I took my first trip to New York City on May 20, 1965.
I remember it vividly, because it was my ninth birthday and I was given a special present: my first camera. It was a Kodak Brownie. I used it to take the photo you see above.
I don't have a lot of shots from that trip. Film was not only expensive to buy, but it had to be developed, too. And when I used up the roll, I needed my dad's help to put in a new one. This was tricky, because if the film was exposed to light, you could ruin everything. Plus you had to thread it through the camera (yes, this was so long ago that the Instamatic had not yet been widely marketed).
Back then, everyone owned at least one Kodak. Sure, you could buy another kind of camera ... but the film you put in it was usually Kodachrome (unless you had a Polaroid, like the "Swinger" I got when I turned 12).
Times change. Digital photography makes it possible to take hundreds of photos at a time, without the fuss and expense of film and developing. New digital cameras are packed with sophisticated features at ever lower price points.
Photography has been revolutionized -- and venerable American companies like Kodak and Polaroid had to adjust to the loss of their market advantage.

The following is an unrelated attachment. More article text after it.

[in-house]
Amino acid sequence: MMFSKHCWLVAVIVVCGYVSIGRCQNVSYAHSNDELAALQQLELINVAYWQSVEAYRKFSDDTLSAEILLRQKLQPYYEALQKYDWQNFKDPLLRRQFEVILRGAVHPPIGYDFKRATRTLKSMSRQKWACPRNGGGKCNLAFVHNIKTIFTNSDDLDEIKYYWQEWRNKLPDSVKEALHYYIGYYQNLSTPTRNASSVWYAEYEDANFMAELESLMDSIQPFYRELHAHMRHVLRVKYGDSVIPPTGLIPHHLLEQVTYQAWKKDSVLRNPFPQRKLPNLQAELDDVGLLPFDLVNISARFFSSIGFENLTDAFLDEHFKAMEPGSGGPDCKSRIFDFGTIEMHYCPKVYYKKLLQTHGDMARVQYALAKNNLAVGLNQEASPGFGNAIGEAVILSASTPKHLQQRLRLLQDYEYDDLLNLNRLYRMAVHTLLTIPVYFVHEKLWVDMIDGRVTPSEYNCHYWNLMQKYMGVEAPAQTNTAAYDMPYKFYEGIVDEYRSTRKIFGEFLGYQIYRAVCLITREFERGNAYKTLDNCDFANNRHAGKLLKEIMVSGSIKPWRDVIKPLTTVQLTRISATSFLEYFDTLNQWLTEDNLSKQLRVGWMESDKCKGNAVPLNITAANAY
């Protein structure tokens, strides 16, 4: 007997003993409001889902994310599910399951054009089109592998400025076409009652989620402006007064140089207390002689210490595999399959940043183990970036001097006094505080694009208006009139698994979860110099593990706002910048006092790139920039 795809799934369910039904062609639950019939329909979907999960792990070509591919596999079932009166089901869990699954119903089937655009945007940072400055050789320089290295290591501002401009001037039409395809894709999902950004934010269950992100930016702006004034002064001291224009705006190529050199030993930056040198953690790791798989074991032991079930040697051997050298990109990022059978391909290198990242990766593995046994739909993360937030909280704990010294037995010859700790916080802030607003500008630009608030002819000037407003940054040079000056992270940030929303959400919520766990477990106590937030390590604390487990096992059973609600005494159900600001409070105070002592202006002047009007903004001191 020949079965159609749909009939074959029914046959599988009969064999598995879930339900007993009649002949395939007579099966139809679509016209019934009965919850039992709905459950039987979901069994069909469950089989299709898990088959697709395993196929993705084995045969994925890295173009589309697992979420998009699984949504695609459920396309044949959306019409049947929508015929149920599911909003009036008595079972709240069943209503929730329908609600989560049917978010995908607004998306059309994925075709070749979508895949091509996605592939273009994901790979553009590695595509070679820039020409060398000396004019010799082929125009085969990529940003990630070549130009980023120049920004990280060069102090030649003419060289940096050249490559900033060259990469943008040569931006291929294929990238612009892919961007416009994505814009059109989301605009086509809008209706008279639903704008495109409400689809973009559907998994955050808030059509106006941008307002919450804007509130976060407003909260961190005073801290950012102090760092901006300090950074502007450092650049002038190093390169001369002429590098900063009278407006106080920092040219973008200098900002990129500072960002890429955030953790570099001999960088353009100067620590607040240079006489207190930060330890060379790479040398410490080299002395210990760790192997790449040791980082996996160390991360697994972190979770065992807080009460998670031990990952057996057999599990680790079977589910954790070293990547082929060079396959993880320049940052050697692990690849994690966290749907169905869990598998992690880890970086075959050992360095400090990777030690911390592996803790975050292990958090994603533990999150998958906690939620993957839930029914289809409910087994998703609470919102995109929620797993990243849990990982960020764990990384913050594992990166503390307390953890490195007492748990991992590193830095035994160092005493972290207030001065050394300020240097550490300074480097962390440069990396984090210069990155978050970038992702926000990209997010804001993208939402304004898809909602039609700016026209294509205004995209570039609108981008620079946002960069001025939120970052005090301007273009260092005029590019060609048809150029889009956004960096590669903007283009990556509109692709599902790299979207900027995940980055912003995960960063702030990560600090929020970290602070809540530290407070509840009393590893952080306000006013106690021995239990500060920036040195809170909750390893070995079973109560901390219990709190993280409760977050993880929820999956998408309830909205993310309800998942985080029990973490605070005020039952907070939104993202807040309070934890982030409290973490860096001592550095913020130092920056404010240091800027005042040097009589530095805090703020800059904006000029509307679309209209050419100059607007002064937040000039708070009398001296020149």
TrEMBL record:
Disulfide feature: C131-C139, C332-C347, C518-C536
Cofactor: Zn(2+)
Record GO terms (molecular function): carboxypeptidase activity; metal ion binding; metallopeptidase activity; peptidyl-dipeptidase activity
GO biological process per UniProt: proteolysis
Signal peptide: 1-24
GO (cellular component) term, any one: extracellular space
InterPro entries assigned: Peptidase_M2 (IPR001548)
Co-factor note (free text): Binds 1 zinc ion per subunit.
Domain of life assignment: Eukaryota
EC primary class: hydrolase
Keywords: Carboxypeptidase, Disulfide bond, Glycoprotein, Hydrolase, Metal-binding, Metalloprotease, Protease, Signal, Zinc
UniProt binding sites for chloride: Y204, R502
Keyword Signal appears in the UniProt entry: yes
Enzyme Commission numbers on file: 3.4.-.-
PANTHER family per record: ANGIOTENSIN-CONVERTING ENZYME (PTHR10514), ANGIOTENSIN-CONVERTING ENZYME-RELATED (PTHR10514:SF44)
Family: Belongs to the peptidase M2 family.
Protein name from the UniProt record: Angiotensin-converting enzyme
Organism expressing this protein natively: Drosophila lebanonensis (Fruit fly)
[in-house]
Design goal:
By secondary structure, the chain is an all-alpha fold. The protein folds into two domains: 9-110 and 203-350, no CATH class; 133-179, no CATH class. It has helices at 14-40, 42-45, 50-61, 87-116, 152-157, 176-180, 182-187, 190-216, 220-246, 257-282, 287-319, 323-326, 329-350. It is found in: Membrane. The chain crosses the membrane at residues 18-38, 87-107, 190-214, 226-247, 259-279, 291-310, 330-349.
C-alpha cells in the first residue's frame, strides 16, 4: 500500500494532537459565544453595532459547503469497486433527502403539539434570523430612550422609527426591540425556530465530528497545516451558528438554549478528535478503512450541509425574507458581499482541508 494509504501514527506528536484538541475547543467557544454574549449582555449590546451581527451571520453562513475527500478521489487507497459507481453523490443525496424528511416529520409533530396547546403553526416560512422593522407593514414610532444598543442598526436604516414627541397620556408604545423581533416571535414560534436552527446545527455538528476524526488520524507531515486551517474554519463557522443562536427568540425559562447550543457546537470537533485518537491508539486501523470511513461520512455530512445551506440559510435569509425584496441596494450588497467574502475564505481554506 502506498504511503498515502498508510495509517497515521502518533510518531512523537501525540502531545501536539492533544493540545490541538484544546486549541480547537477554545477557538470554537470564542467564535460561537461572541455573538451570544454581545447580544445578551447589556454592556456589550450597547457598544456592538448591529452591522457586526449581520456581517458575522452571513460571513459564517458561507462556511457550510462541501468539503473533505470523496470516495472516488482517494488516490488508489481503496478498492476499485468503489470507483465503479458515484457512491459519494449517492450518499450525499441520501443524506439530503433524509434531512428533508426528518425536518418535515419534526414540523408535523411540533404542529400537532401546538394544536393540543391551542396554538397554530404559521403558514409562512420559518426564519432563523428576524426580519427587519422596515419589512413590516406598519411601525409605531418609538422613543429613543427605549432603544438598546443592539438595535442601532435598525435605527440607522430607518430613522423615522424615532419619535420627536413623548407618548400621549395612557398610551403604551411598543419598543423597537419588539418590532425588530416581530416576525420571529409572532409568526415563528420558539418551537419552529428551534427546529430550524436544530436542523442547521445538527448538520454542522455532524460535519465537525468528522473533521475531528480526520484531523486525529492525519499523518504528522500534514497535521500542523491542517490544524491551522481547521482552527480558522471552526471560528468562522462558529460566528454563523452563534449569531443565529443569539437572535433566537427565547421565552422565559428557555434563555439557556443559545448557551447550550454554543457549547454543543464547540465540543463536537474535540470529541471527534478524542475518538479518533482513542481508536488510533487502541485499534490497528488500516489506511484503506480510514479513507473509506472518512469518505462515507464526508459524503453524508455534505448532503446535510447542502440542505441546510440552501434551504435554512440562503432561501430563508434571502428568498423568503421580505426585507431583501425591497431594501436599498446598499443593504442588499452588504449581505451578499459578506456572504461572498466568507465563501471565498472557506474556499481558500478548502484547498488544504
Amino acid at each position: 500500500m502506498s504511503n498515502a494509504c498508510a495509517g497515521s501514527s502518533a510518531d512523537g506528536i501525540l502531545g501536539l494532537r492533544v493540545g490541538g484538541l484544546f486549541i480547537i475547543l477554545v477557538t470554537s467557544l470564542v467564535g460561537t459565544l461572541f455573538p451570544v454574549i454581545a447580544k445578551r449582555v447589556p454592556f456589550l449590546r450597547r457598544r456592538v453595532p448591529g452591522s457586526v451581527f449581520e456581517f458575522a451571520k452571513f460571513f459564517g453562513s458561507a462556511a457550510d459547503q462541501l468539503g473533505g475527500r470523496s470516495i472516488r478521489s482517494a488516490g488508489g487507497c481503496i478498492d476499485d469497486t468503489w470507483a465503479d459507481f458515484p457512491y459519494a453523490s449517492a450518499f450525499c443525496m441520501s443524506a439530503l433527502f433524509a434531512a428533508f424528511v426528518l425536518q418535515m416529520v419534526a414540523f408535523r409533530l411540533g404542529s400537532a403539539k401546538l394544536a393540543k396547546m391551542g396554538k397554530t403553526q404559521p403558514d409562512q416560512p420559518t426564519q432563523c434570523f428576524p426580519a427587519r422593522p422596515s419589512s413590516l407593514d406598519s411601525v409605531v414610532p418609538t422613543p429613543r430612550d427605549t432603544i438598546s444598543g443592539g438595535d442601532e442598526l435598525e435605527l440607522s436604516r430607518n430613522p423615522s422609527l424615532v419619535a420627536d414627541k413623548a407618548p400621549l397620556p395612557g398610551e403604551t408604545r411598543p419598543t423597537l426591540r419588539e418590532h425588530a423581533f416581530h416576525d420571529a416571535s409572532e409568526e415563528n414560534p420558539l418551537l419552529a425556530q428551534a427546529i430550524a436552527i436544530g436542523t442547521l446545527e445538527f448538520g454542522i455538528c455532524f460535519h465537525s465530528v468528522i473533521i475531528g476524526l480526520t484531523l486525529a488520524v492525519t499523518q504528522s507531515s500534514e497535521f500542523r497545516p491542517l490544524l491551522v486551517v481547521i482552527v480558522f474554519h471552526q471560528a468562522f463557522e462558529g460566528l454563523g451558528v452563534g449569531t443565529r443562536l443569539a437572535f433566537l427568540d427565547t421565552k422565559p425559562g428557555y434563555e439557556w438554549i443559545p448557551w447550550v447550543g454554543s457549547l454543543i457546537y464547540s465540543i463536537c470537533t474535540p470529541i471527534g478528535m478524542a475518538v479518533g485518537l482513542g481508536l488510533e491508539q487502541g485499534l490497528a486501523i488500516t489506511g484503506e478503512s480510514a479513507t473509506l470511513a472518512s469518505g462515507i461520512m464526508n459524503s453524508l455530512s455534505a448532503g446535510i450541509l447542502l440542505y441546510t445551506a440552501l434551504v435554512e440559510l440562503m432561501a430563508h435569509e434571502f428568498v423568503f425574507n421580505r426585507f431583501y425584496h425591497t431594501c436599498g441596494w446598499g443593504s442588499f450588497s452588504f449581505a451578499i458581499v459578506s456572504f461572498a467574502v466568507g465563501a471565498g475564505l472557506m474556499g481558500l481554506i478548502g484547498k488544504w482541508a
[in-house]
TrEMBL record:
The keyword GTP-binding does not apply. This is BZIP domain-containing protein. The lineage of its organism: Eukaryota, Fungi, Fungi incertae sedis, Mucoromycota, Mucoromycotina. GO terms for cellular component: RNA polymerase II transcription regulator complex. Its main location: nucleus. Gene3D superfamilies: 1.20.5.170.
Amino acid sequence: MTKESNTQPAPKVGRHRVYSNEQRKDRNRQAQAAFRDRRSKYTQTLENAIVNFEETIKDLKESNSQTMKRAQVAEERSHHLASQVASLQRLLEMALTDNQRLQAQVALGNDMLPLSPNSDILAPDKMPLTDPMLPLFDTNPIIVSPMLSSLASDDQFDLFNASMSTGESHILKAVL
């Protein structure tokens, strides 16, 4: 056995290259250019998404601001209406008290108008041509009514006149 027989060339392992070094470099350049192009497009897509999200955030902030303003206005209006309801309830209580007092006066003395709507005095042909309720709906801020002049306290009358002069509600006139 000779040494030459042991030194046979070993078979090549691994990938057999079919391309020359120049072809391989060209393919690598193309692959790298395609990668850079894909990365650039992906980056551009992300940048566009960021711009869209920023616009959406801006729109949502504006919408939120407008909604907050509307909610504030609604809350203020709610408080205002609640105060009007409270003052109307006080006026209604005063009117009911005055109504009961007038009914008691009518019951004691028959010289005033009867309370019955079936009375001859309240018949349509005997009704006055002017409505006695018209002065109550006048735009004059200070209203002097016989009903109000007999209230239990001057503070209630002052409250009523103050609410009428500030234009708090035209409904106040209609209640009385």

I received my first digital camera as a gift 10 years ago from my parents and once again, it was a Kodak.
It wasn't a great camera by today's standards, but it was a good introduction to digital. I dropped it while taking pictures in the Louvre and after that, it was never the same. I replaced it with a Minolta (which broke after a year)... then a Canon (which also broke after a year)... and then another Canon (which was lost a couple of months ago on our first full day in London).
So I was really happy when I received an invitation from Kodak to join them on a bus tour of Manhattan. We went on a Gray Line tour on that first New York visit in 1965, and I thought it would be fun to do it again,
But most important, the tour would include the gift of a new camera: the M580.
You see, after losing my Canon (which I loved for its 10X zoom), I had to rely on my little Kodak M530 for the rest of my vacation -- and it only has a 3X zoom.
That turned out OK, because thanks to its size and simplicity, I found myself loving the M530. And despite my inability to get really close, I was delighted with the photos I got.
Here's my disclosure: This is the third Kodak-sponsored event I've attended this year. I don't have a formal business relationship with the company. I have not received any monetary compensation for my posts about their events or their products... but I have received products prior to each post. I made no promises that I would write about the cameras. I am expressing my own opinions of the cameras, based on my experience using them.